Snap Insight: Did Xi Jinping get what he wanted from Vladimir Putin in Russia visit?
Chinese President Xi Jinping can position himself as a peacemaker after state visit to Russia. It fits into Xi’s ambitions for his legacy, says political observer Bo Zhiyue.
WELLINGTON: All eyes have been on Chinese President Xi Jinping’s high-stakes visit to Moscow, just days after Russian President Vladimir Putin became an alleged war criminal with a warrant issued by the International Criminal Court at the Hague.
On Tuesday (Mar 21), Xi and Putin signed a joint declaration deepening the China-Russia partnership, more than a year after they proclaimed “no limits” to that relationship in Beijing before Putin launched his “special military operation” in Ukraine.
But what does Xi really want from Putin and more importantly, did Xi get what he wanted?
Much attention around Xi’s visit, of course, has been on Ukraine, with Western concerns that China might support Russia militarily.
China has been walking a political tightrope given its long-held principle of respecting national sovereignty. Xi has not openly supported Putin’s war, with China taking a more neutral position than what Putin might have expected from a “no limits” friend. But neither has China condemned the war, having abstained from several rounds of voting at the United Nations.
On Tuesday, Putin said that China’s proposed peace plan, released in February, could be “taken as the basis for a peaceful settlement”.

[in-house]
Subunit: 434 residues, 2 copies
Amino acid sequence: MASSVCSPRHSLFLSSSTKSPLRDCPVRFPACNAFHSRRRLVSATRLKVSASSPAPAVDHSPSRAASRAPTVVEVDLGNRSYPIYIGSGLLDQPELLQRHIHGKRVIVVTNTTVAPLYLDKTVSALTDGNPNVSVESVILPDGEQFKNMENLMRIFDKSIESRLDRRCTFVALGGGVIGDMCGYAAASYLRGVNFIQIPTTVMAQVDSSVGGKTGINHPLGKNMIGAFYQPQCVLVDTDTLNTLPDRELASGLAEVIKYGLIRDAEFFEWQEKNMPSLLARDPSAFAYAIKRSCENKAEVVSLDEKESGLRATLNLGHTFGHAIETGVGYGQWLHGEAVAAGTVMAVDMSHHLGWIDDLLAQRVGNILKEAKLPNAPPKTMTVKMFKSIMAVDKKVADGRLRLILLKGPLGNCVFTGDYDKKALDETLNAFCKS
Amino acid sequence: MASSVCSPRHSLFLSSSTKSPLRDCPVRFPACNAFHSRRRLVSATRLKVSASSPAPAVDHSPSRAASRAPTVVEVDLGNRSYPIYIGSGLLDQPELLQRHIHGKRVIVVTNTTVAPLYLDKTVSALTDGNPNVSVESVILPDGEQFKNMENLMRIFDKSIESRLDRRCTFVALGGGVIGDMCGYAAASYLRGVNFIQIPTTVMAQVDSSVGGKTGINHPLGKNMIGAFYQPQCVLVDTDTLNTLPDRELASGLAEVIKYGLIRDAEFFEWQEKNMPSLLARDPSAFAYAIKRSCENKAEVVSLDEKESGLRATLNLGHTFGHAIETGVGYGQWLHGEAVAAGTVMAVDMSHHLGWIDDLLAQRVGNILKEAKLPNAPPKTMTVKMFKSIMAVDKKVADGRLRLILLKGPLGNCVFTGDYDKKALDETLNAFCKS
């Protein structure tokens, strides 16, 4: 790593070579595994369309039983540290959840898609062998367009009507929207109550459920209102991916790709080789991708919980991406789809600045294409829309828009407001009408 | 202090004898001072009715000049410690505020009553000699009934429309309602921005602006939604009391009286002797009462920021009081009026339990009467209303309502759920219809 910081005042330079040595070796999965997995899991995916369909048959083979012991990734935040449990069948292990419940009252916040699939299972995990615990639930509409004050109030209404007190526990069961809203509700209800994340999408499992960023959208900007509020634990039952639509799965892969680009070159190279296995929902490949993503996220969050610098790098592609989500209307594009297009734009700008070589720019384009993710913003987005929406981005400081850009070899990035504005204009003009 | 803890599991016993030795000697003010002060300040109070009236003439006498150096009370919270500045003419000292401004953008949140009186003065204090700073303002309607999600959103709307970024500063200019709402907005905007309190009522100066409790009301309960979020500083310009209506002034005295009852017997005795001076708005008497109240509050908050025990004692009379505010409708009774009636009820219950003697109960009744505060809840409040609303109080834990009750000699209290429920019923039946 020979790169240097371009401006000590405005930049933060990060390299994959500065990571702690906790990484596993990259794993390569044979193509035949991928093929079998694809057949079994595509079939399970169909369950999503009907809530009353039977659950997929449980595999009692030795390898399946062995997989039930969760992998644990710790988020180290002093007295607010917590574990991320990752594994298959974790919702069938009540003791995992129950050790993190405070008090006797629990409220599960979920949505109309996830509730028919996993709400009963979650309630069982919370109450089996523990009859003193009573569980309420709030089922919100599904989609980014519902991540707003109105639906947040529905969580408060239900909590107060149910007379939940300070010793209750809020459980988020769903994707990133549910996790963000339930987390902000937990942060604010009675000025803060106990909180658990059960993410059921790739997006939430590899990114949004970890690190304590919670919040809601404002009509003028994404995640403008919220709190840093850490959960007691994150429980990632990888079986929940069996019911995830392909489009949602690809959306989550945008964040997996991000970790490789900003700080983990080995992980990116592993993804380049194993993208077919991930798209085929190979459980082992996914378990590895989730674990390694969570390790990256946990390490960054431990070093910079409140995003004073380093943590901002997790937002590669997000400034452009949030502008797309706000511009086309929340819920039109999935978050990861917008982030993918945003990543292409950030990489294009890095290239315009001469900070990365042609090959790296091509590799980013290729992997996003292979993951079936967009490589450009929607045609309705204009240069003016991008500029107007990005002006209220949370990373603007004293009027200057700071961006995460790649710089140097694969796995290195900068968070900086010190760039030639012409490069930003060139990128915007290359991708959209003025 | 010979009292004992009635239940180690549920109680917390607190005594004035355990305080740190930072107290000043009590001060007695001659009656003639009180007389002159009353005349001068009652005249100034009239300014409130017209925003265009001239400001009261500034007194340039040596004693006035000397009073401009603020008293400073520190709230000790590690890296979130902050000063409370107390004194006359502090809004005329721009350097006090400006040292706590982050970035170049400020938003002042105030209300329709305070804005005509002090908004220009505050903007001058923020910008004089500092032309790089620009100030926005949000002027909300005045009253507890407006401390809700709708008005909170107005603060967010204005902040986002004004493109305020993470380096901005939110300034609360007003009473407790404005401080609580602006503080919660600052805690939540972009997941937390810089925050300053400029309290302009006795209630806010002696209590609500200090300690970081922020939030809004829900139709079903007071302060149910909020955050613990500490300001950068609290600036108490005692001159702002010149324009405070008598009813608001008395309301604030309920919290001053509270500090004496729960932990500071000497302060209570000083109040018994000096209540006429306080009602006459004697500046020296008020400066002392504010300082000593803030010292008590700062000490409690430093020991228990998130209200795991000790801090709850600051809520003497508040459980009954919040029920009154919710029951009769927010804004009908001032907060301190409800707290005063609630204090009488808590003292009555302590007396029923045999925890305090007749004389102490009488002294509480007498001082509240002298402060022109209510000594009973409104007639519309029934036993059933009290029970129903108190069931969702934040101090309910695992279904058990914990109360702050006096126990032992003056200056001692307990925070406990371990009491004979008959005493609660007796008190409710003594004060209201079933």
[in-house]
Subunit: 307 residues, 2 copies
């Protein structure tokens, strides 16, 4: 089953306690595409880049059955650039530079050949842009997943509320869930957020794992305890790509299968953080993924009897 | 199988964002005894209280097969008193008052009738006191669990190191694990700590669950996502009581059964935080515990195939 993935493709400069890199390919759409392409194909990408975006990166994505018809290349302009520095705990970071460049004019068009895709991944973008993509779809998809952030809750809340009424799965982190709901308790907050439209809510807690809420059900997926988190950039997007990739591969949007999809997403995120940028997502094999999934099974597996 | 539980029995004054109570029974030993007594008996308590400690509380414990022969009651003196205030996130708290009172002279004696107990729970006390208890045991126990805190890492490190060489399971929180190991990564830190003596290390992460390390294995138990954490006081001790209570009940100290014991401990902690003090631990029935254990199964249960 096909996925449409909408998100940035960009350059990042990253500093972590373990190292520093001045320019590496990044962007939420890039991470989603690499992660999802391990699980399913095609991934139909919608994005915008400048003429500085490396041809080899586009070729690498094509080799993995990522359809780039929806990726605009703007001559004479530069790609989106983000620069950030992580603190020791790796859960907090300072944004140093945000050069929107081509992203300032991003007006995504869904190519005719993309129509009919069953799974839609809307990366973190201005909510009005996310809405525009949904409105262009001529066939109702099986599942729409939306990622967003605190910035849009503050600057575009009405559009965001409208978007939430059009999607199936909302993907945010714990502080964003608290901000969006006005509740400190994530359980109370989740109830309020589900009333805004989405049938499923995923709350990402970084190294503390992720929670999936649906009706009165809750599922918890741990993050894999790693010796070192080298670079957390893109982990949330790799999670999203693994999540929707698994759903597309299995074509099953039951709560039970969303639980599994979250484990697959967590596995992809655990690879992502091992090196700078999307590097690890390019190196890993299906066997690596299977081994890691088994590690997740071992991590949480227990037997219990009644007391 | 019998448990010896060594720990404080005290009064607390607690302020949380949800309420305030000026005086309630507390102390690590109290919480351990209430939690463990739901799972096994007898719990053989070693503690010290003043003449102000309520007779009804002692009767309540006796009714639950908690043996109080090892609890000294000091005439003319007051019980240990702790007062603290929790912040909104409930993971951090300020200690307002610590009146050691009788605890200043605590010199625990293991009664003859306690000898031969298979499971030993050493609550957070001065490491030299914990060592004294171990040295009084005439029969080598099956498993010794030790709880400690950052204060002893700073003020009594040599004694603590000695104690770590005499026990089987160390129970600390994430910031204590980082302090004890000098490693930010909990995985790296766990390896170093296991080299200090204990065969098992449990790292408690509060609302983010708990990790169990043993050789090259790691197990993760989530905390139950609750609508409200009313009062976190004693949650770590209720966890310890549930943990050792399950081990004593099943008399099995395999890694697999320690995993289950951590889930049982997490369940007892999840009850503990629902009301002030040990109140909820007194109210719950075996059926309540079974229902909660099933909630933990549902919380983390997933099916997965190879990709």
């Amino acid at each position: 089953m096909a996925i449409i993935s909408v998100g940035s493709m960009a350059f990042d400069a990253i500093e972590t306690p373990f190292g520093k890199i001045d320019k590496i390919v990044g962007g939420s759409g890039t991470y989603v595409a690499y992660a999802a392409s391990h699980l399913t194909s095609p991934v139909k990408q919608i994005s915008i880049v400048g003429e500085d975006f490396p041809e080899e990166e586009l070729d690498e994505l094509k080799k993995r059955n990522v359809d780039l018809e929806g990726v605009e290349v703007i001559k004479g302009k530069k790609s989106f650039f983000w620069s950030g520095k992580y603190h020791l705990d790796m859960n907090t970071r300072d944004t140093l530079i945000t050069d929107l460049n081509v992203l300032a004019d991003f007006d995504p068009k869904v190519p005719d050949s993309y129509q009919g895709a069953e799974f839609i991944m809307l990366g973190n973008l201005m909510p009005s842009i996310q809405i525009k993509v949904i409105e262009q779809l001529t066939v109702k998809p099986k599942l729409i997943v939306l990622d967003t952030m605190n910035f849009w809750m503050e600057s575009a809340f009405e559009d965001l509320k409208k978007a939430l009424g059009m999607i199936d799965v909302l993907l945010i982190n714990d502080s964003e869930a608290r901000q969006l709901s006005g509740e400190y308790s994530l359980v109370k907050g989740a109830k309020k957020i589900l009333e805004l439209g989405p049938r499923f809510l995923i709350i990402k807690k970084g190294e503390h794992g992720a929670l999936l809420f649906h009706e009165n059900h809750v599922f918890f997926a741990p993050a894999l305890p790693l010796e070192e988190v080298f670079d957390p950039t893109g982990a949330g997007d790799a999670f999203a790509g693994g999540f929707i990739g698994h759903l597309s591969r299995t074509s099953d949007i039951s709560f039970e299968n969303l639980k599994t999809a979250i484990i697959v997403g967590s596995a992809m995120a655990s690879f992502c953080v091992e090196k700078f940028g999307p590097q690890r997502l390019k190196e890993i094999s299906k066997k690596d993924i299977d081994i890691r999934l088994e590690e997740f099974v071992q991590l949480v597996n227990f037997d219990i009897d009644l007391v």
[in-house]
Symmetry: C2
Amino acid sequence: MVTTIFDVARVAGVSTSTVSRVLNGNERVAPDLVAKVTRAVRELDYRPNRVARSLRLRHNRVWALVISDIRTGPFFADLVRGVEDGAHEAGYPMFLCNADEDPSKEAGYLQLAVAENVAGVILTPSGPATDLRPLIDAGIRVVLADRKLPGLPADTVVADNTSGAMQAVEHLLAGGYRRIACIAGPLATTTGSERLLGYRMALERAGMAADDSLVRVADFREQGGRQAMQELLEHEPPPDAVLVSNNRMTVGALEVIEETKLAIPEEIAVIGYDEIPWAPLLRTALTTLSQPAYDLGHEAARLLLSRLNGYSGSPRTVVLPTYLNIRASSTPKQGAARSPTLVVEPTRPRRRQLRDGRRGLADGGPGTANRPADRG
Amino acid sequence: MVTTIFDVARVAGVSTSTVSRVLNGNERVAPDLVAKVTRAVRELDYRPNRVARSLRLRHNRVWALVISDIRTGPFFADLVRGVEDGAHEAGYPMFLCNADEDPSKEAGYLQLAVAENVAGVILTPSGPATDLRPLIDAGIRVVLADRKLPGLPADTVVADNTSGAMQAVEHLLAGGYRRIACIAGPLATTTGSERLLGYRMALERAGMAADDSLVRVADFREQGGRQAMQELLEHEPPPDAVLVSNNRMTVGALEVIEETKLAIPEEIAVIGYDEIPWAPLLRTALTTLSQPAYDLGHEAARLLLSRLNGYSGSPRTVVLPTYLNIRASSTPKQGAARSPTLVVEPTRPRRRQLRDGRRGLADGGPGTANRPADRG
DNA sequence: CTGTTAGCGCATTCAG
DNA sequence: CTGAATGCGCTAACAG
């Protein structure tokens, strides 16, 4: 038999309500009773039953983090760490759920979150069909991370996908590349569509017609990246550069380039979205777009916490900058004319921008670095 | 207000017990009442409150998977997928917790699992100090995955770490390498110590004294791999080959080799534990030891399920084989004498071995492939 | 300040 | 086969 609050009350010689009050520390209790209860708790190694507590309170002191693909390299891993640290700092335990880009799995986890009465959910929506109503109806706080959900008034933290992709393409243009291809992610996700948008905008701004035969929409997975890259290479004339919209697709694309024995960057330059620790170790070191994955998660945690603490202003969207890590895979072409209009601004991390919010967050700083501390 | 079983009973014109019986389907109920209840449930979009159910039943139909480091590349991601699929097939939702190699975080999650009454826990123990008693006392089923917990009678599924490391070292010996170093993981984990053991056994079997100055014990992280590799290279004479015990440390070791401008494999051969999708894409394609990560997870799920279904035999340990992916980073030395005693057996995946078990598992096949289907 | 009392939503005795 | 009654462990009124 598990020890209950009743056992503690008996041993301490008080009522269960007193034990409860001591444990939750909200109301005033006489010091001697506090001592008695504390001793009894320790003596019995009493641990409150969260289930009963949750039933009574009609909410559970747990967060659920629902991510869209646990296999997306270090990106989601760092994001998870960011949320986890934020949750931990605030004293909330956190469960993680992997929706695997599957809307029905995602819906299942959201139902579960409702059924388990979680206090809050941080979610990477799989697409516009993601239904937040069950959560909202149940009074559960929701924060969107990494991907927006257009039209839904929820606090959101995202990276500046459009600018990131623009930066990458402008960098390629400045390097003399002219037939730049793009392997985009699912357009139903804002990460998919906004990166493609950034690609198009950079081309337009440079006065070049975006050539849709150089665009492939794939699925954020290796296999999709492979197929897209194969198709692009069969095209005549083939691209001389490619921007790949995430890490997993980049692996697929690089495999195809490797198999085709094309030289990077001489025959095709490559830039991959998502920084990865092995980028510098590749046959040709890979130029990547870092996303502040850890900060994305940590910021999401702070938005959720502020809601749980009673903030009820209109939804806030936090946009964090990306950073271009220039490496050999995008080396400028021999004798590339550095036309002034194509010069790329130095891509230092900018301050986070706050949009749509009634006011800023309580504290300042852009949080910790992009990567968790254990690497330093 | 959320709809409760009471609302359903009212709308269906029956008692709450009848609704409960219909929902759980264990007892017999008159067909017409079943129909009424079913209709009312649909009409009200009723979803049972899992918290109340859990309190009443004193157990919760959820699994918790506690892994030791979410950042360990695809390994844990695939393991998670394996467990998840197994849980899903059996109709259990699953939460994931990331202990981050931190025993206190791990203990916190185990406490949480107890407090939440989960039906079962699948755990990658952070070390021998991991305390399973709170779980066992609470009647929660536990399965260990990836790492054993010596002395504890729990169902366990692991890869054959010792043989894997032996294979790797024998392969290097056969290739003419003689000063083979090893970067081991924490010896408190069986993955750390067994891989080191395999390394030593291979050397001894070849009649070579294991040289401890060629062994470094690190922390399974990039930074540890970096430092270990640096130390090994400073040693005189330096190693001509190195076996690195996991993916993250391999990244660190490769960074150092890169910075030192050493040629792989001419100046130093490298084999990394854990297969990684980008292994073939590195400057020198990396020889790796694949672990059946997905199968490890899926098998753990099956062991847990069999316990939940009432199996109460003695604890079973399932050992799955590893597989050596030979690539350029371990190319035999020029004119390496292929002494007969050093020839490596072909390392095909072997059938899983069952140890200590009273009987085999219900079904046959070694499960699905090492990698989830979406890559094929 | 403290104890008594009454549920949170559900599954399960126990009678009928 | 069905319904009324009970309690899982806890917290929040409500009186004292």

Xi can position himself as a peacemaker, especially if he can secure a call with Ukraine President Volodymyr Zelenskyy but he doesn’t even have to make progress on peace. The point is to position China as a peacemaker and the United States as a warmonger supplying Ukraine with weapons.
A NEW RUSSIAN GAS PIPELINE
Economic ties between China and Russia will also be strengthened, with a joint statement on a plan to develop economic cooperation until 2030.
On Tuesday, Putin also said that agreement on the new Power of Siberia 2 pipeline to route Russian gas to China had “practically” been finalised. This would provide Putin a major customer to replace Europe and help Xi feed China’s growing energy needs to power its economy.
The two countries expanded their bilateral trade to a record US$190 billion in 2022, though this was only 3 per cent of China’s total trade that year.
The two countries have continued their security cooperation. The Chinese military participated in Russia’s “Vostok” (East) exercise in September 2022. China also joined Russia and Iran for naval drills in the Gulf of Oman in the “Security Bond-2023” exercise.
XI JINPING’S LEGACY
One has to wonder how all this fits into the legacy of Xi Jinping, already named party chairman and president for an unprecedented third term and his ideology enshrined in the constitution.
Xi has ambitions to become a greater leader than his predecessors. Mao Zedong was the founding father of the People’s Republic of China, Deng Xiaoping secured the return of Hong Kong, and Jiang Zemin oversaw the return of Macao.
How much emphasis might Xi place on Taiwan and the complete unification of China to achieve his ambition? Positioning himself as a global peacemaker while boosting economic and energy resources could well serve Xi’s ambitions, though it is not clear if he is prepared for military confrontation in the next five years.
What Xi wants from Putin is possibly “no limits” support. But how much support Putin can provide would have to be rather limited as his prospect for winning the war against Ukraine gets increasingly slimmer - Putin might become a liability rather than an asset in the foreseeable future.
Professor Bo Zhiyue is founder and president of the Bo Zhiyue China Institute, a consulting firm providing services to government leaders and CEOs of multinational corporations, and an author on China’s elite politics.